1. Case Summary
Non-cirrhotic portal hypertension is a potential consequence of superior mesenteric artery (SMA) occlusion. We reported the case of a 72-year-old female with an incidental finding of a critical SMA occlusion which did not result in non-cirrhotic portal hypertension due to the development of collaterals.
2. Case Details
A 72-year-old female was hospitalized following a sudden onset of left lower quadrant abdominal pain on a background of chronic constipation and overflow diarrhea.
During the admission, she had an abdominal CT, showing faecal loading and rectal distension with mild inflammatory stranding consistent with stercoral colitis. It promptly resolved after administering gastrograffin. Incidentally, an SMA occlusion was also found on CT.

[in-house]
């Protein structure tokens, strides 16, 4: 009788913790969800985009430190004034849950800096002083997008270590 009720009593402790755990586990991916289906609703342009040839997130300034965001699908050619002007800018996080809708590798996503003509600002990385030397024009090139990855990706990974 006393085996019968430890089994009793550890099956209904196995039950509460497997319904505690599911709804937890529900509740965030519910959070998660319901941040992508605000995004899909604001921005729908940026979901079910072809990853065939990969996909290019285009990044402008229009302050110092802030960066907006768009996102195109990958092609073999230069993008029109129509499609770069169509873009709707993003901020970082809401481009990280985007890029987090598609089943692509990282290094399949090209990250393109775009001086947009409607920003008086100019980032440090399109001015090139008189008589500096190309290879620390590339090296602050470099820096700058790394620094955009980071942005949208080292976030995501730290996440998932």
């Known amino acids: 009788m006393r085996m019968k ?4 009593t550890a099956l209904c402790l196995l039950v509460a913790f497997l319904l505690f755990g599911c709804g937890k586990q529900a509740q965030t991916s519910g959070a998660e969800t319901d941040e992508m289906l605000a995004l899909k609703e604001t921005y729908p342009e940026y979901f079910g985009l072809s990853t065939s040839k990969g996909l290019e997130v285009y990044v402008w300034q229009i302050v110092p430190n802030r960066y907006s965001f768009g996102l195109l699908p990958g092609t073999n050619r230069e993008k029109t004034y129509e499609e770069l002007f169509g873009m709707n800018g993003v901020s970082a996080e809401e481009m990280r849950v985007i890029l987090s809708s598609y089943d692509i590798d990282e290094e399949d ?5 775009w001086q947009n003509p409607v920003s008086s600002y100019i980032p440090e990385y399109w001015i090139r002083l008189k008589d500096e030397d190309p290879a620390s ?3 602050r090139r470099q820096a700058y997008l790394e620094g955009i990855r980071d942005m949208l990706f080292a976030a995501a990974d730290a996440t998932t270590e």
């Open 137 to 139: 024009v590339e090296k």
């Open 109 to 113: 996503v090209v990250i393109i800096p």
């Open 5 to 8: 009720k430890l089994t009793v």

The origin of the SMA demonstrates high-grade stenosis with post-stenotic dilatation of 6 mm and the formation of collaterals distally. There was no evidence of infarction. The SMA and collaterals can be visualized below [Figure 1].
An SMA occlusion can be acute, leading to acute mesenteric ischemia, or chronic, leading to non-cirrhotic portal hypertension. Non-cirrhotic portal hypertension commonly presents with esophageal varices, and less commonly ascites. However, there were no signs of either in our patient. Laboratory findings also show that the liver’s synthetic and excretory functions were normal.